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You are here: Home / Our Community / Trevor Davies (1956 - 2011) / Carmel Tebbutt - Parliamentry Tribute to Trevor Davies

Carmel Tebbutt - Parliamentry Tribute to Trevor Davies

On 21 June 2011 the Member for Marrickville Carmel Tebbutt made the following tribute to Trevor Davies.



Ms CARMEL TEBBUTT (Marrickville) [6.29 p.m.]: Today I make a private member's statement about the sad passing of a valued member of my community, Trevor Davies. Trevor was a man who lived for those around him, as a passionate advocate for his local community in the Redfern-Waterloo area and a long-time secretary of the Darlington Branch of the Labor Party, as a founder and news editor of the South Sydney Herald, and as an active and generous elder of his church, the South Sydney Uniting Church. Trevor was a friend to many, a true inner-city character, and those who knew him admired his commitment to social justice and his integrity in remaining true to his ideals and values. Trevor passed away following a heart attack on Tuesday 14 June 2011 at the age of 55.

Trevor is a great example of how individuals can make a difference in the lives of those around them. Trevor was a community activist who genuinely put into practice his belief in the importance of compassion and justice for all people in our society. For example, when concerns were raised locally regarding policies and plans for the Redfern-Waterloo area, Trevor made sure the community had a voice. He was one of the founding members of the REDWatch community group, which monitors plans for the local area, makes recommendations and advocates for outcomes that benefit the community. The group remains a strong, progressive presence reviewing projects taking place in Redfern-Waterloo, and its ongoing efforts are a testament to people like Trevor, who care for their community and take action to pursue outcomes that aim to benefit the community as a whole. Trevor's commitment to local debate and engagement was also demonstrated through his very successful Politics in the Pub, which ran for many years. I can remember debating Peter Debnam many years ago at one of Trevor's Politics in the Pub debates. Trevor was always committed to putting both sides of an argument and he had some very interesting speakers.

Trevor could only be described as a passionate man; he did everything with gusto and good intentions. He fought for what he believed in and was involved in many campaigns and protests over the years, whether it was to save housing in The Block at Redfern or to fight against homophobia, racism and poverty more broadly. He was devoted to these causes in the same way that he was devoted to the independence of the media, his politics and his church. Trevor was a strong advocate for greater internal democracy within the Australian Labor Party. Trevor did perhaps some of his best work in his support for and work with the local Aboriginal community in Redfern and Waterloo. He was a strong supporter of the Pemulwuy Project of the Aboriginal Housing Company and it was through Trevor that I first became aware of the fantastic work of The Settlement in Darlington, which provides support for children and young people in the Darlington area.

I will always remember Trevor for his endless energy for campaigning, his quick-talking presence for which political opponents were no match, and as someone who proudly wore his politics pinned to his sleeve. Whenever I met him in the electorate in Darlington I could be certain to find him engaged with people on the street, at a cafe, or at a street stall, always talking, always opinionated, and always looking to the next project or the next article he would write. Trevor's network of contacts and his knowledge about what was happening were legendary. Trevor's monthly column "Have You Heard: The Fast News", always had its focus on issues facing his community and there was often a bit of local or political history thrown in. In his last column he wrote of the battles in local Labor branches in years gone by to save the Erskineville housing estate.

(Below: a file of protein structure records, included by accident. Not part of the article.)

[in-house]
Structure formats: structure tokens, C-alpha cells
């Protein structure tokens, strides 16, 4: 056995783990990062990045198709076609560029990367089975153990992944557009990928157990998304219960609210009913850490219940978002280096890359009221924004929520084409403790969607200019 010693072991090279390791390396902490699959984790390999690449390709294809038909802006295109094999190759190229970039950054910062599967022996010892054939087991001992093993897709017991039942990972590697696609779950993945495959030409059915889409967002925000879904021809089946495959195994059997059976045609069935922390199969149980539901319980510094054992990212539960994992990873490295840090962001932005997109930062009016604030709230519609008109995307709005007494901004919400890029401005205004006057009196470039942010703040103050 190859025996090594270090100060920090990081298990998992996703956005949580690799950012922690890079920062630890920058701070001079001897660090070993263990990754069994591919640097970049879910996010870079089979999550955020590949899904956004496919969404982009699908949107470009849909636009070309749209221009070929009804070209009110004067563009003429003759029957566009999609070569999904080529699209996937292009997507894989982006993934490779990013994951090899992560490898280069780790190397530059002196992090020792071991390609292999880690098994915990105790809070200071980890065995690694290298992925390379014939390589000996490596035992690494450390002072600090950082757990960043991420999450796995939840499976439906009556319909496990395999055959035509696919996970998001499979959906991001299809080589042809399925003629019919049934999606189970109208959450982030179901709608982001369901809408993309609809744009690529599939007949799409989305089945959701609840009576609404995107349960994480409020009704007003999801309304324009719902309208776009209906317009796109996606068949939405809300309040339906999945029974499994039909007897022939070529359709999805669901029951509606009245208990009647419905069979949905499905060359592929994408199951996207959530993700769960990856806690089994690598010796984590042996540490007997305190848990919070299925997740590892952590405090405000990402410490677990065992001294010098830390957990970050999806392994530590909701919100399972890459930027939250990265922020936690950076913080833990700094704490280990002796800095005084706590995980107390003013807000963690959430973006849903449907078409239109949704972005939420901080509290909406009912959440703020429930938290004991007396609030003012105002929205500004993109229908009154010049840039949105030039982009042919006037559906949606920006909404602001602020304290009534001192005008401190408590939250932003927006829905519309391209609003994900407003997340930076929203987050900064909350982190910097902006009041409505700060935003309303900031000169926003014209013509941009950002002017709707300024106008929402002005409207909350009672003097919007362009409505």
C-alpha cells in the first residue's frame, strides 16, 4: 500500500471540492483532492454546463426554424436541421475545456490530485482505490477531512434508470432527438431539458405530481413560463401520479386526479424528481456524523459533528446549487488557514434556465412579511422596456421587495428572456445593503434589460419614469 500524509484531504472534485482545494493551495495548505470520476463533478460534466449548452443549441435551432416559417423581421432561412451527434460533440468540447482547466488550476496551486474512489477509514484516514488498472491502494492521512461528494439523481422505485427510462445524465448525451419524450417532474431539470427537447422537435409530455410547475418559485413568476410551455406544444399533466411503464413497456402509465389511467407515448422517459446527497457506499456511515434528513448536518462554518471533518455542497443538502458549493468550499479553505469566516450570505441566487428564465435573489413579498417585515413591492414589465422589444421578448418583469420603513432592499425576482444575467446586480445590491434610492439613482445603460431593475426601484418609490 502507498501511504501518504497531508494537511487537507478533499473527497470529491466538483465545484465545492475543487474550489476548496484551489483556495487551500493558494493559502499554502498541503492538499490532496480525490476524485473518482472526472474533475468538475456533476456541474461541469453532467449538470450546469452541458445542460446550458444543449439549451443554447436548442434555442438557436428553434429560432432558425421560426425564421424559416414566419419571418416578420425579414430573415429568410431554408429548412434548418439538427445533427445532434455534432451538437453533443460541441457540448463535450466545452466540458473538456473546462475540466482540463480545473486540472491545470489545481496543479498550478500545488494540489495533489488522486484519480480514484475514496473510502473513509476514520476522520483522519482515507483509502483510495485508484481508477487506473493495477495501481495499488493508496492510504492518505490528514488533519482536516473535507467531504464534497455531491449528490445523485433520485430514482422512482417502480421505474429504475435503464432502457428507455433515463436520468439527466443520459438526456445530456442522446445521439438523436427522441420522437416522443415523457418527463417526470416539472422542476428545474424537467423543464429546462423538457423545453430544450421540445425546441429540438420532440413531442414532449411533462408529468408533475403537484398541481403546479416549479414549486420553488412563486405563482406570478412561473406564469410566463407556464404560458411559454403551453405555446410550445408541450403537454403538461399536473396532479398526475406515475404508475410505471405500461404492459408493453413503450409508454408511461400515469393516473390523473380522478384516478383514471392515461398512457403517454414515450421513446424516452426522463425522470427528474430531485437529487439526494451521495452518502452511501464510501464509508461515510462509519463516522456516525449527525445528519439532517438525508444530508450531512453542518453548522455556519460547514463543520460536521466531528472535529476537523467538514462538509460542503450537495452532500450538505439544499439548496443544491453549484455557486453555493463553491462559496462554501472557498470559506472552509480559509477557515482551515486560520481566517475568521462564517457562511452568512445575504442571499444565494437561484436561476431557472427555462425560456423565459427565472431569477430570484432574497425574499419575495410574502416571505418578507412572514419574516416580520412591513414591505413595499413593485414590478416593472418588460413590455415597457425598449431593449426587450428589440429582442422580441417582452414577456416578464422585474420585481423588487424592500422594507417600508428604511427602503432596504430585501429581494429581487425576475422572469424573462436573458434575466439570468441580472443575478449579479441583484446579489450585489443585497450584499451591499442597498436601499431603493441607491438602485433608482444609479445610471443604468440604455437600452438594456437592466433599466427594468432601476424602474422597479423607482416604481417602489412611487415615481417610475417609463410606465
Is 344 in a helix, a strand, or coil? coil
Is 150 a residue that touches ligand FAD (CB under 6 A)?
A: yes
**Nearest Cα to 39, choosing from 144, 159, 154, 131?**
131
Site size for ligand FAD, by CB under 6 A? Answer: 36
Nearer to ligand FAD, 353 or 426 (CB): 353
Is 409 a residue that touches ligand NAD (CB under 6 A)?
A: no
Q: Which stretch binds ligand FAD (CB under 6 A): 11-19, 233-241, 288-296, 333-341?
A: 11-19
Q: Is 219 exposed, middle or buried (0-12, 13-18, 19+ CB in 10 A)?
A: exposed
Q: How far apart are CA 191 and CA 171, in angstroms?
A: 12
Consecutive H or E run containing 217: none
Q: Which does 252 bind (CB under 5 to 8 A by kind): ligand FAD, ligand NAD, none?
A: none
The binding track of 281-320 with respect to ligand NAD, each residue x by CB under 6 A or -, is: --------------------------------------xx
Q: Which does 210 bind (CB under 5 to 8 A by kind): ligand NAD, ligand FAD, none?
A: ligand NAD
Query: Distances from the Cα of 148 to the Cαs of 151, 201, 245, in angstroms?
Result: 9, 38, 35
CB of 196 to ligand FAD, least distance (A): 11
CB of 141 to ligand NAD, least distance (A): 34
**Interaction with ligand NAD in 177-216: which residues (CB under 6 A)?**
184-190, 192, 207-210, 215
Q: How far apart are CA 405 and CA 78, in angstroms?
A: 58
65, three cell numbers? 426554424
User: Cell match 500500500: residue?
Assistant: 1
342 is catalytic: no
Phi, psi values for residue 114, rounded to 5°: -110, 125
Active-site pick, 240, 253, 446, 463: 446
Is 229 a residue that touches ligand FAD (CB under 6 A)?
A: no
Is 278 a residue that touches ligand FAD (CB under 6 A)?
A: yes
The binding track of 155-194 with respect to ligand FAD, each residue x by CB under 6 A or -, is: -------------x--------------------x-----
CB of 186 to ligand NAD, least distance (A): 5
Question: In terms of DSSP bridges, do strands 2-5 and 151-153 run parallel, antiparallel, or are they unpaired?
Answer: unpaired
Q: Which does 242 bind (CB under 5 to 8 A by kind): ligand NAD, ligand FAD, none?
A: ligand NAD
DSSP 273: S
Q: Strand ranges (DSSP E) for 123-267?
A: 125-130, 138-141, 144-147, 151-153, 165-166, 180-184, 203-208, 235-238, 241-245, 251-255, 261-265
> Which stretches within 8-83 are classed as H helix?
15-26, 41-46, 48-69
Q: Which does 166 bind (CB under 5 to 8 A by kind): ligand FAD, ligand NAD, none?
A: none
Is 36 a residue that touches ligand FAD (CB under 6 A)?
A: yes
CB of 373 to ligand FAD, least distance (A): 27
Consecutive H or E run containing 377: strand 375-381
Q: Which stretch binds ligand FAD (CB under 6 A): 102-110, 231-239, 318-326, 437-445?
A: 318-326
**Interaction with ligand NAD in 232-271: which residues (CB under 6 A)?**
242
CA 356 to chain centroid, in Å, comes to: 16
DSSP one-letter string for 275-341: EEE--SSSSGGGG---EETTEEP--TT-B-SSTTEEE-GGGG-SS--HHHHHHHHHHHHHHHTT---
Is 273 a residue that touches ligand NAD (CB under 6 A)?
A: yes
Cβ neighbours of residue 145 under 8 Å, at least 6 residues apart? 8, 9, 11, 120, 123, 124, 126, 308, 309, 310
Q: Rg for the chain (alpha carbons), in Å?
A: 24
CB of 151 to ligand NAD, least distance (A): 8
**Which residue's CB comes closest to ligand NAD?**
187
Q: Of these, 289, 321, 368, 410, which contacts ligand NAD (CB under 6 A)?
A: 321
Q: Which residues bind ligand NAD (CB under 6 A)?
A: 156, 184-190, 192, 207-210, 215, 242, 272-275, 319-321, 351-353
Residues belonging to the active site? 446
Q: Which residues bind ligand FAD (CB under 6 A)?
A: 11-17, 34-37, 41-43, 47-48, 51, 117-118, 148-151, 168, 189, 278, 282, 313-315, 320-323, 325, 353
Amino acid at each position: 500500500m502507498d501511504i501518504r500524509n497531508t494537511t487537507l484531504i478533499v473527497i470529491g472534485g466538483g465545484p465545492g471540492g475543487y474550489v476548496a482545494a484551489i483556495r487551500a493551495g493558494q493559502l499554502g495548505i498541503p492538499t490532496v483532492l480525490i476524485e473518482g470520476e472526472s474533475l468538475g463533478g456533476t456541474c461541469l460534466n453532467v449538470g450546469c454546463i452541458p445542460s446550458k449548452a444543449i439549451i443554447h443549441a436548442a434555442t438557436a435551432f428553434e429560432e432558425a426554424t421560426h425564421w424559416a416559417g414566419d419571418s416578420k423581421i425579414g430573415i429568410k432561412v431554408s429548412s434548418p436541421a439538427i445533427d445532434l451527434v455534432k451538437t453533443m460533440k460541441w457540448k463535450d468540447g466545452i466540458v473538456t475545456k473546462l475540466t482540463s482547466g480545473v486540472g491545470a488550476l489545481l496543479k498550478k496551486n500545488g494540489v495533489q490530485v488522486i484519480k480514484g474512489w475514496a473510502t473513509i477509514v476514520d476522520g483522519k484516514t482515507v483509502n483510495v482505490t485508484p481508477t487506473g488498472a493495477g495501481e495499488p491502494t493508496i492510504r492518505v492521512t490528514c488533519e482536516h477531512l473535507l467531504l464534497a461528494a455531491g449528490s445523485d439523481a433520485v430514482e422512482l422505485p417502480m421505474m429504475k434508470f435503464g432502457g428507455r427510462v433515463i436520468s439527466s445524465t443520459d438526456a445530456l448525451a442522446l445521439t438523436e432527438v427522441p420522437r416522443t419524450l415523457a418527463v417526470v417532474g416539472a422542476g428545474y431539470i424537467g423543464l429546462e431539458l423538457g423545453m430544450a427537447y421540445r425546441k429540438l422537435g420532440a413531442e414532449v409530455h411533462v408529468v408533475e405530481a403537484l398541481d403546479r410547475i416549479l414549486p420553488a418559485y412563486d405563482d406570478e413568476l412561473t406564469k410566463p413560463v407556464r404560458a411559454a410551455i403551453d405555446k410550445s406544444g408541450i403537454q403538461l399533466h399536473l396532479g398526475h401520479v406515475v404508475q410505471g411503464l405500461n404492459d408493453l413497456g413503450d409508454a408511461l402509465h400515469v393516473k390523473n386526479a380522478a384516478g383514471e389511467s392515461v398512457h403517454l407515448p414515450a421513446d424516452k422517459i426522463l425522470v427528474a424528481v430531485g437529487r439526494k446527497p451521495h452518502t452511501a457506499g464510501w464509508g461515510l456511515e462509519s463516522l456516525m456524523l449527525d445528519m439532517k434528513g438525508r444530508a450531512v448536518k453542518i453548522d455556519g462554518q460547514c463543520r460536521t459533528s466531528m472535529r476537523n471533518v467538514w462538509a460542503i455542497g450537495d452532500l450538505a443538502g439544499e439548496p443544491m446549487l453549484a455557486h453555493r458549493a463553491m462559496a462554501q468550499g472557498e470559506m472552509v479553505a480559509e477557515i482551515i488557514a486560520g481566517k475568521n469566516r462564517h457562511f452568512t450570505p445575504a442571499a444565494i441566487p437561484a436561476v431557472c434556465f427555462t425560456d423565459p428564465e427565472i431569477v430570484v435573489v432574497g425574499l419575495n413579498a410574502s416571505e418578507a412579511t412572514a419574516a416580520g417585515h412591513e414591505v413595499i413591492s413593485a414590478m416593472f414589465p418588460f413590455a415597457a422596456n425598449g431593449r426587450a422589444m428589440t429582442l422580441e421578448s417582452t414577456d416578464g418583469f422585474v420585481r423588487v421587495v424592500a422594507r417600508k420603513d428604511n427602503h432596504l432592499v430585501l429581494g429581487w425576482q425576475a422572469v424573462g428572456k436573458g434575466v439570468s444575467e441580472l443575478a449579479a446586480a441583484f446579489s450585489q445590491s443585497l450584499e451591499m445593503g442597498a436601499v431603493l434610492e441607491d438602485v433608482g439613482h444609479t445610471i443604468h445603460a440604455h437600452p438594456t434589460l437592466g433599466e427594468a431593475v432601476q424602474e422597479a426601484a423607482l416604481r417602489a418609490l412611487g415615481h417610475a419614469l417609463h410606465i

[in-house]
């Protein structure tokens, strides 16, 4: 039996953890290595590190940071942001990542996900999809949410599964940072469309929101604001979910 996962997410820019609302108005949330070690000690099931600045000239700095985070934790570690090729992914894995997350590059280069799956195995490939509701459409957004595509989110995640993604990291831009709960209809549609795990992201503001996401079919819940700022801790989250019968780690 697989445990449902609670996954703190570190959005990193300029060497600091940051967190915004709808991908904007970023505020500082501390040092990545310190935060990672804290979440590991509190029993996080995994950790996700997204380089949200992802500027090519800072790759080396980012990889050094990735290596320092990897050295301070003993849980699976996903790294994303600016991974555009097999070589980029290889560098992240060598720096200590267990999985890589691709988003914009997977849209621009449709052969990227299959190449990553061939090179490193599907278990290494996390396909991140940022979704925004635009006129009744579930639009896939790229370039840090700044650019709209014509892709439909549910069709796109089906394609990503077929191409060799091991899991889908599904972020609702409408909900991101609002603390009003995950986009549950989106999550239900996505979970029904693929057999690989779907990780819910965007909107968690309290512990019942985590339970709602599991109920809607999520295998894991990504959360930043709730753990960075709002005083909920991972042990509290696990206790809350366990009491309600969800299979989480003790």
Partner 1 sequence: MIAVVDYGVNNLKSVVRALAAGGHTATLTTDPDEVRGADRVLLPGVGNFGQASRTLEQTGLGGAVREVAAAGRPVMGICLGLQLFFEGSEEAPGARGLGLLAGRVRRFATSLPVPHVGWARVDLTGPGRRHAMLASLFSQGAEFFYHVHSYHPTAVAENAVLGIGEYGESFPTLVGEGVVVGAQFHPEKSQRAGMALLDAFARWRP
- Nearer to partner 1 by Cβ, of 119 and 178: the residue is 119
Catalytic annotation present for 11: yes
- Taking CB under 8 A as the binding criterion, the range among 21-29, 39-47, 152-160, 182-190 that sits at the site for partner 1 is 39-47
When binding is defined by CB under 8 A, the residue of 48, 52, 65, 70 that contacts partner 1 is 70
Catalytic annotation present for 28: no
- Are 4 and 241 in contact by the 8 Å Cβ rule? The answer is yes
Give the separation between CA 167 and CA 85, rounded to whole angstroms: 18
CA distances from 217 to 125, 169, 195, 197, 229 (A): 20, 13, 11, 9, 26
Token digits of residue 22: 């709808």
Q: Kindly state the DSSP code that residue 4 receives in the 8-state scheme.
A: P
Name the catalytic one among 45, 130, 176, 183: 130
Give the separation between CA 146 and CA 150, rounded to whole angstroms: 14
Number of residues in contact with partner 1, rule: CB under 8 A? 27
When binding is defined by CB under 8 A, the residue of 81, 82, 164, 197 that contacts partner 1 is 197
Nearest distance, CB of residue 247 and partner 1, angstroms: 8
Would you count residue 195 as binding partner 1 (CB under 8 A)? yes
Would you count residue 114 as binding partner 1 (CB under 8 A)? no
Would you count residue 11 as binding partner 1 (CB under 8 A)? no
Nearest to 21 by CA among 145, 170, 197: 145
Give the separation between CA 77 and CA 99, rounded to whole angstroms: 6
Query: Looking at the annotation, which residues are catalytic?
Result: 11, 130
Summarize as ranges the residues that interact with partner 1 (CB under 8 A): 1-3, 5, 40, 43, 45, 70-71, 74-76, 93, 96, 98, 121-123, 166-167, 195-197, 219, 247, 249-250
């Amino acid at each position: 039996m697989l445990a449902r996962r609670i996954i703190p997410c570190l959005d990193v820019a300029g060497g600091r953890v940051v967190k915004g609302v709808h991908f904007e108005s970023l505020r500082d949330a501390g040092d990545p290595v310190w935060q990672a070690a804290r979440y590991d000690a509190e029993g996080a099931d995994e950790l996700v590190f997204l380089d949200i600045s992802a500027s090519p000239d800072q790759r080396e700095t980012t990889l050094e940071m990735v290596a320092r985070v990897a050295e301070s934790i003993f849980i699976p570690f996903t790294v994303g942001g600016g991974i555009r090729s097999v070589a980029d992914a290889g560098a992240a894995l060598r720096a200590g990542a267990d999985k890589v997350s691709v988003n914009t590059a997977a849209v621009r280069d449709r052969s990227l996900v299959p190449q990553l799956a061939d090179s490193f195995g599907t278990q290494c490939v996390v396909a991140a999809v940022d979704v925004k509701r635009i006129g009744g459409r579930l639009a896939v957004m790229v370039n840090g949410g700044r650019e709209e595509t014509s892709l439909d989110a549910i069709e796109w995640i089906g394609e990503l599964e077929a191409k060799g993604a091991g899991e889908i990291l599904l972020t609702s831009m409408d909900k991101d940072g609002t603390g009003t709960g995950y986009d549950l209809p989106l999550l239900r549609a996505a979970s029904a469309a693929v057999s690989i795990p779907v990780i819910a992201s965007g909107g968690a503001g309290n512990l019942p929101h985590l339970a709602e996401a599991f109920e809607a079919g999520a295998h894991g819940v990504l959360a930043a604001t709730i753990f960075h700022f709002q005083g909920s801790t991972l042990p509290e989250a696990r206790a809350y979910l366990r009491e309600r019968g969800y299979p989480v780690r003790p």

Trevor did not write the stories or get involved with these movements just to have an argument. He did it because he believed that local people with local knowledge have a lot to offer, and that people in positions where decisions are made should always be prepared to listen and respond to what people have to say. The people of Darlington and Redfern will notice the huge gap that has been left by Trevor's passing. I hope that his memory will inspire people to get actively involved in their local community and to stand up for the things they believe in. I am very fortunate to represent an electorate with a proud tradition of activism and of communities coming together to fight for their beliefs. I hope to see that continue in Trevor's memory, and I am sure it will.

Trevor has been described as irreplaceable, a local legend, a grassroots activist, a forthright publisher, an unfailing friend of Labor, a man of strong faith and a caring friend. I remember him as an unswerving supporter and a passionate advocate for the Darlington community in my electorate. I feel privileged to have known Trevor. Our many discussions and debates on issues both local and broad were stimulating and thought provoking. While we did not always agree, Trevor always made me think carefully about my position on issues, see things from another perspective and often revisit my approach. I pass on my sincere condolences and sympathy to all those who are mourning his loss. The communities I represent and indeed New South Wales have been very fortunate to have benefited from the passion, dedication and hard work of Trevor Davies. He will be missed by many.

Source: NSW Legislative Assembly Hansard - www.parliament.nsw.gov.au/prod/parlment/hansart.nsf/V3Key/LA20110621038